According to information in the Twentieth Century-Fox Records of the Legal Department, located at the UCLA Arts--Special Collections Library, the studio originally acquired the rights to Richard Walton Tully's play in 1942. Legal records also indicate that Herbert Clyde Lewis, Jo Eisinger and Arthur Kober worked on early versions of the screenplay, but their contribution to the completed picture is unlikely. A 1980 memo in the file reported that while Delmer Daves's screenplay was "loosely based" on the novel Van Zanten's Happy Days by Laurido Bruun, the studio "finally decided any similarities [between the screenplay and Bruun's novel] were public and factual and an acquisition of rights [to the novel] was unnecessary." No contemporary information linking Bruun's novel to the film has been found.
       Although a 19 Jun 1950 HR news item stated that Twentieth Century-Fox production head Darryl F. Zanuck would personally supervise the film, Harmon Jones, a longtime editor for studio, is the only producer listed in the onscreen credits. According to studio publicity, native Hawaiian Prince Lei Lani, who plays the tribal chief, appeared in the original stage production of Tully's play as "The Kahuna." Well-known Yiddish actor Maurice Schwartz, who portrays The Kahuna in the picture, had not appeared in a film since the 1943 Warner Bros. production Mission to Moscow .
       Bird of Paradise features many songs and chants, all sung in Hawaiian. Among the songs submitted to the MPAA/PCA for approval were: "Song of Kalua," music by Ken Darby; "Ke Kali Nei Au (Waiting for Thee)" and "Imi Au Ia Oe (King's Serenade)," music by Charles E. King; "Alekoki (Mother Bray Sings)" by Mrs. David Bray; and "Love Chant of Lokalia" by Lokalia Montgomery. The exact titles and composers of the songs in the film have not been determined.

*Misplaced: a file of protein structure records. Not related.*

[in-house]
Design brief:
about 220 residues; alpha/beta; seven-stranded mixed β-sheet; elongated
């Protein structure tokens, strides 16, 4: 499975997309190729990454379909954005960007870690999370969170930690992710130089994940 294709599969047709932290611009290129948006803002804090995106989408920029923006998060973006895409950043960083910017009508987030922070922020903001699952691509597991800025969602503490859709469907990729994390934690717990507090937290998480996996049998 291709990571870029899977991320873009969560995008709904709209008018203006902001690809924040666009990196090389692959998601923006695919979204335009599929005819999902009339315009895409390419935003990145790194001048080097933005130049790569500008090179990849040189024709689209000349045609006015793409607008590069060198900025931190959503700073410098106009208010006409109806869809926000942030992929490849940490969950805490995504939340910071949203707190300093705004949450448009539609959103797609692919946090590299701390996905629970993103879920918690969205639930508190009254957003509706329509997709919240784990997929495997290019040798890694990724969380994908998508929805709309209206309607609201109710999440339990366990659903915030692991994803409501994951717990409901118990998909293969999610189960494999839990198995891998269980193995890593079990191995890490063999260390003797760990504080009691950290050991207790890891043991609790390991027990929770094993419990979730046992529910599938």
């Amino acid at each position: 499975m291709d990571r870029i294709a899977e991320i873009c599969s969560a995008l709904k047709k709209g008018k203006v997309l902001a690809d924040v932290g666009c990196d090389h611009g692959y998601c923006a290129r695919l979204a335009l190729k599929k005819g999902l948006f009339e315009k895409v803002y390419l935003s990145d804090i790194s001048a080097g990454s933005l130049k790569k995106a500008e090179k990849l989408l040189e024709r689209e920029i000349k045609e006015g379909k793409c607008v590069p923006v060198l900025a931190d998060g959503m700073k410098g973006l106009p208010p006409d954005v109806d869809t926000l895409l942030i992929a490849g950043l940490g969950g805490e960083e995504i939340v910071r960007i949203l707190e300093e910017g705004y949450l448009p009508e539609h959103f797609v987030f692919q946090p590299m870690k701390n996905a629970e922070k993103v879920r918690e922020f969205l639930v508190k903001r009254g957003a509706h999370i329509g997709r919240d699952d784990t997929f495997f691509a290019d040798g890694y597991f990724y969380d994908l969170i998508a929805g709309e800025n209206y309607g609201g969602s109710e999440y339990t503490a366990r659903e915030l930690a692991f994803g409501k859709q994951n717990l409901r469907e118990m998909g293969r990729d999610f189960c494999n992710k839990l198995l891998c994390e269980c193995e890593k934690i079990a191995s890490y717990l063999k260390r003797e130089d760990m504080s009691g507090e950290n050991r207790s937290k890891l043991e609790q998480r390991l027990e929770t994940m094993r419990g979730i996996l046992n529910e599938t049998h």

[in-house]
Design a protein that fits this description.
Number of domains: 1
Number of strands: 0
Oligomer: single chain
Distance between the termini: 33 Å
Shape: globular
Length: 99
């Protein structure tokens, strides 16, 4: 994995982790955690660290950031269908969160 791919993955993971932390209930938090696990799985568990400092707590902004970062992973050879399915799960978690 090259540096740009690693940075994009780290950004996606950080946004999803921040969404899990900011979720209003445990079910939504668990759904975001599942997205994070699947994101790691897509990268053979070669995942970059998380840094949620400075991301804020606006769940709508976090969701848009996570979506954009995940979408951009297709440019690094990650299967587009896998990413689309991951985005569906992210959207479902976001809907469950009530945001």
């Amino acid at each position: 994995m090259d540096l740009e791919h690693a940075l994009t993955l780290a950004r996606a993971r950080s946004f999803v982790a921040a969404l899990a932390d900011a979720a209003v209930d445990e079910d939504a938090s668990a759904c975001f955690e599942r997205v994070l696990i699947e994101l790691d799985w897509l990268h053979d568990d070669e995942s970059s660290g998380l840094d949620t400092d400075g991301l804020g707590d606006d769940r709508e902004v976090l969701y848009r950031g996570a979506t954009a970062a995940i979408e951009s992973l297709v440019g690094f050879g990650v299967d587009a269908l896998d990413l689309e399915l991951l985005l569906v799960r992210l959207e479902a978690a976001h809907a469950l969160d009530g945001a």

Tully's play was first filmed by RKO in 1932 in a version directed by King Vidor and starring Dolores Del Rio and Joel McCrea (see AFI Catalog of Feature Films, 1931-40 ). On 31 Dec 1951, Louis Jourdan, Debra Paget and Jeff Chandler reprised their roles for a Lux Radio Theatre broadcast of the story. More Less

BIBLIOGRAPHIC SOURCES
SOURCE
DATE
PAGE
Box Office
17 Mar 1951.
---
Daily Variety
12 Mar 51
pp. 3-4.
Film Daily
12 Mar 51
p. 6.
Hollywood Citizen-News
24 Mar 1951.
---
Hollywood Reporter
19 Jun 50
p. 1.
Hollywood Reporter
21 Jun 50
p. 3.
Hollywood Reporter
5 Jul 50
p. 9.
Hollywood Reporter
21 Jul 50
p. 3, 9
Hollywood Reporter
28 Jul 50
p. 13.
Hollywood Reporter
17 Aug 50
p. 4.
Hollywood Reporter
28 Sep 50
p. 12.
Hollywood Reporter
29 Sep 50
p. 5.
Hollywood Reporter
31 Oct 50
p. 1.
Hollywood Reporter
12 Mar 51
p. 3.
Los Angeles Times
24 Mar 1951.
---
Motion Picture Daily
12 Mar 1951.
---
Motion Picture Herald Product Digest
17 Mar 51
pp. 757-58.
New York Times
20 Aug 1950.
---
New York Times
15 Mar 51
p. 37.
Time
19 Mar 1951.
---
Variety
14 Mar 51
p. 6.
CAST
PRODUCTION CREDITS
NAME
PARENT COMPANY
DISTRIBUTION COMPANY
NAME
CREDITED AS
CREDIT
DIRECTORS
Asst dir
PRODUCER
Assoc prod
WRITER
PHOTOGRAPHY
Dir of photog
Loc photog
ART DIRECTORS
Art dir
Art dir
FILM EDITOR
Film ed
SET DECORATORS
Set dec
Set dec
COSTUMES